Winged Victory of Samothrace


1910; Plaster; Sculpture
Gone; Alumni Memorial Hall (Museum of Art); later in the School of Education Building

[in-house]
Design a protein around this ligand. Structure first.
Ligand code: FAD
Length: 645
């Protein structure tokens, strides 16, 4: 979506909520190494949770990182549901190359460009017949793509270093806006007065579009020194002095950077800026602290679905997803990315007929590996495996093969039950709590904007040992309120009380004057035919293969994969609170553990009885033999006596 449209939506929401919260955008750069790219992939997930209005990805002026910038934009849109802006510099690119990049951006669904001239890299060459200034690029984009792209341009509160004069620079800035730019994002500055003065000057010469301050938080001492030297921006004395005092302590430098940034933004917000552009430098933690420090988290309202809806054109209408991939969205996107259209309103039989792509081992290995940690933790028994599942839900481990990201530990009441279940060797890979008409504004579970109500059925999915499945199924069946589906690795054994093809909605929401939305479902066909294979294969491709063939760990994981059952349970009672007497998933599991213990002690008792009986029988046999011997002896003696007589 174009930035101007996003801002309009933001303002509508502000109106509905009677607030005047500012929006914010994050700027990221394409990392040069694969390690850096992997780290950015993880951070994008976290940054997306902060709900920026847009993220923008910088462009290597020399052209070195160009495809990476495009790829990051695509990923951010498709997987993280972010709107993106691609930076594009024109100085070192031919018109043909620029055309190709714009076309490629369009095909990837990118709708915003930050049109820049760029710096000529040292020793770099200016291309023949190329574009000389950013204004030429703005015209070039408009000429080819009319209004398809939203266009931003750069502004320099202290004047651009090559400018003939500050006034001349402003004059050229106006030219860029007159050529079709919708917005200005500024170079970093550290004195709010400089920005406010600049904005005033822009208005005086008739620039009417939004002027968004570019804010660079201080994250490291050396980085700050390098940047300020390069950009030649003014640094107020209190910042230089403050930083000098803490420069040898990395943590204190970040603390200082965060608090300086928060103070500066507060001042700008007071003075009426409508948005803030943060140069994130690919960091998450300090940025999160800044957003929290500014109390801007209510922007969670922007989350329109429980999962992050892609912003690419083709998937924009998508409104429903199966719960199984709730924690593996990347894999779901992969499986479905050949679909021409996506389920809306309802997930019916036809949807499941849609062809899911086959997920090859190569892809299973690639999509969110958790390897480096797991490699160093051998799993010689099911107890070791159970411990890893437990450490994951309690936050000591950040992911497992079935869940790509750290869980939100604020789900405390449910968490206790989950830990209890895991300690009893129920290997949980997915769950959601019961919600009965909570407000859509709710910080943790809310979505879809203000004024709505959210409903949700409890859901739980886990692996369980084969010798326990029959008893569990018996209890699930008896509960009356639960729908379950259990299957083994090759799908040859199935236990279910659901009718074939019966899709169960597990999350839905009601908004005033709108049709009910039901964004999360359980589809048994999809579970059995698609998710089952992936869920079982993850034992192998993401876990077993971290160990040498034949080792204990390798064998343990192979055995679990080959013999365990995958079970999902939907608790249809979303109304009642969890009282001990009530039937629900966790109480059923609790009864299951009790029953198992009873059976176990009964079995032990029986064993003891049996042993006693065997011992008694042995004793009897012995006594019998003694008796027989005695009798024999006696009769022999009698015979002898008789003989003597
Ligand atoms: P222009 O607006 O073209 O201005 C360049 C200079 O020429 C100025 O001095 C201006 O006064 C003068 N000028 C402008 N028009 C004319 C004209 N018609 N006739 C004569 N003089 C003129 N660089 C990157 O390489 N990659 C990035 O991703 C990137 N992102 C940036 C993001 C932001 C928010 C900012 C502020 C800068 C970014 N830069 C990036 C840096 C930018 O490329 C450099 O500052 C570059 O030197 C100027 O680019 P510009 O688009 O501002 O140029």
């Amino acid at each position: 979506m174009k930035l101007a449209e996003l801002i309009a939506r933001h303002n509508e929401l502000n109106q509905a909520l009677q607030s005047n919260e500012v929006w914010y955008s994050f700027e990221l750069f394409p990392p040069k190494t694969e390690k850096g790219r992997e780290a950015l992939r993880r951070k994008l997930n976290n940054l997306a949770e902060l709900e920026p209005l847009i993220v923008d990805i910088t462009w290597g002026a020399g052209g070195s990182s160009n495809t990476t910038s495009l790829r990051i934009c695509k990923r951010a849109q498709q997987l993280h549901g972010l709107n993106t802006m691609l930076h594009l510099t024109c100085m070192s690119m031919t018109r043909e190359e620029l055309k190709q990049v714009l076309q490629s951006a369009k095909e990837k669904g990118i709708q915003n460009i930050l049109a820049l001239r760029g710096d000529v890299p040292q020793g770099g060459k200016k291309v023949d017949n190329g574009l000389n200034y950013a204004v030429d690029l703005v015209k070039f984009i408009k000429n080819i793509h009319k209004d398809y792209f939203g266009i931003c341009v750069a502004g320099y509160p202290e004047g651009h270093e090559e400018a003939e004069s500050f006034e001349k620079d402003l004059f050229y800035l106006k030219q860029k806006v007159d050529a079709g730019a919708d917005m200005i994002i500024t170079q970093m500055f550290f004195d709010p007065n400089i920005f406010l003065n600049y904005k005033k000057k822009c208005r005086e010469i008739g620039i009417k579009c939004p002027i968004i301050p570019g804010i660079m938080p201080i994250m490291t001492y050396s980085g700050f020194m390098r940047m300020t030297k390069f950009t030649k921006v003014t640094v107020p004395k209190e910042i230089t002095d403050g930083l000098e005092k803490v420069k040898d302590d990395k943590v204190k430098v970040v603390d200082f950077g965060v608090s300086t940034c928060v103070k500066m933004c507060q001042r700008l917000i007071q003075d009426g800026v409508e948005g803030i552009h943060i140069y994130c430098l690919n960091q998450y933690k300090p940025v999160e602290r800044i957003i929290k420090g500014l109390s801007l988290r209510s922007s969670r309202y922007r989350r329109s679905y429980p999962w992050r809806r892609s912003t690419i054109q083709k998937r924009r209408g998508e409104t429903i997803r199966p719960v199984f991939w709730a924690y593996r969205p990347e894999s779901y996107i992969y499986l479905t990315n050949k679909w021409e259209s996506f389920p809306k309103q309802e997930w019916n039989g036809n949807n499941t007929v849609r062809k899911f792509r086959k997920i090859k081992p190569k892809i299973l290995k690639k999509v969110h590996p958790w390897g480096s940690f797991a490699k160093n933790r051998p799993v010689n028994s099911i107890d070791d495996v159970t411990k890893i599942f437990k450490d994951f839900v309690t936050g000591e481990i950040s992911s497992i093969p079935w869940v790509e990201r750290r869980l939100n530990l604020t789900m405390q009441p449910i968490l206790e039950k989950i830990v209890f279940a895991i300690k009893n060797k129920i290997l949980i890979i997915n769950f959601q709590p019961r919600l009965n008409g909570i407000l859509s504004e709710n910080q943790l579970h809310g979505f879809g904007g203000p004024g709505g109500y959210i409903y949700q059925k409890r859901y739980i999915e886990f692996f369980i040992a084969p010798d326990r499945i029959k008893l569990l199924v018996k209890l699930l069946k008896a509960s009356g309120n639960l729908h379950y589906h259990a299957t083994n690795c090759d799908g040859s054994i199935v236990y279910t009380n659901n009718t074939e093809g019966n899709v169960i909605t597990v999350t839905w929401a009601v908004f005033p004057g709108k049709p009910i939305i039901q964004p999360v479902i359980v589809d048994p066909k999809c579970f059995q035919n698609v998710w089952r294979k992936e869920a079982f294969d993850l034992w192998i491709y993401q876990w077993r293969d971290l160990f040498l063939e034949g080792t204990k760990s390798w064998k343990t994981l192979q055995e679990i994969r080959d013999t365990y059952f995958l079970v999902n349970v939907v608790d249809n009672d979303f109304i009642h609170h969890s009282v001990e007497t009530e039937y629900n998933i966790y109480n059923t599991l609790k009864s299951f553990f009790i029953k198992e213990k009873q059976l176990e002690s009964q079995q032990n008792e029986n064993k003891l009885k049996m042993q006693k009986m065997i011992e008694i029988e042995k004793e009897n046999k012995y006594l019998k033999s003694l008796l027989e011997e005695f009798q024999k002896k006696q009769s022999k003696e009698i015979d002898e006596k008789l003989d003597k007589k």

In 1910, the noted Detroit art collector Charles Lang Freer offered to loan a large group of his art, primarily Oriental and American art, for an exhibit to celebrate the opening of the new Alumni Memorial Hall. Among the paintings loaned was “A Virgin” by Abbott Handerson Thayer, whose central figure’s pose Freer felt reflected the Victory of Samothrace, a sculpture Freer greatly admired. In fact, the artist Thayer intentionally posed his daughter as the Greek figure Victory, striding forward in a flowing gown, with clouds billowing behind her like wings. (The painting is now in the Freer Gallery of Art at the Smithsonian Institution.) Freer ordered a plaster cast made from the original Victory, an ancient statue in the Louvre Museum in Paris. Then Freer had the cast of Victory exhibited next to Thayer’s painting, so that the poses of the two figures could be compared. Freer subsequently gave the plaster cast of Victory to the university. The original Victory, or “Nike” (Greek for “victory”), dates to the early 2nd century BCE, and was from the Greek isle of Samothrace. Victory was very early in ancient times depicted as a winged female figure, and the one from Samothrace is generally considered the most beautiful, powerful, and majestic; it was made of marble and set on a large stone pedestal in the shape of a ship’s prow. The statue stood on a cliff overlooking the sea, placed to commemorate a naval victory. It was acquired by the Louvre in the late 19th century. The plaster cast obtained by Freer was exhibited in the apsidal east end of Alumni Memorial Hall through the 1920s. The photograph on the top shows the statue so exhibited and standing watch over university president Marion LeRoy Burton, as he lay in state following his death in February 1925. In June 1928, the regents accepted the Winged Victory as a gift to the University High School from the high school’s class of 1928. How the class of 1928 came to be in a position to give the university a statue it seemingly already owned is unknown. Probably the curator of the art collection was de-accessioning the piece and the high school class felt they’d like to have it for their building. The statue was subsequently moved into the high school where it stood for many years (now the School of Education building). The photo on the bottom is from the high school’s 1967 yearbook “Nunc Dimittis,” the caption for which reads: “For the students and faculty of University High School, the Winged Victory of Samothrace for many years radiated peace and beauty as she serenely stood guardian of the third floor corridor. Now she is gone.” When and how the statue disappeared remains unknown. The Class of 1967 was supposed to be the final one for University High School, and perhaps Victory was removed as part of the anticipated closing of the high school function (which did not actually occur until 1969).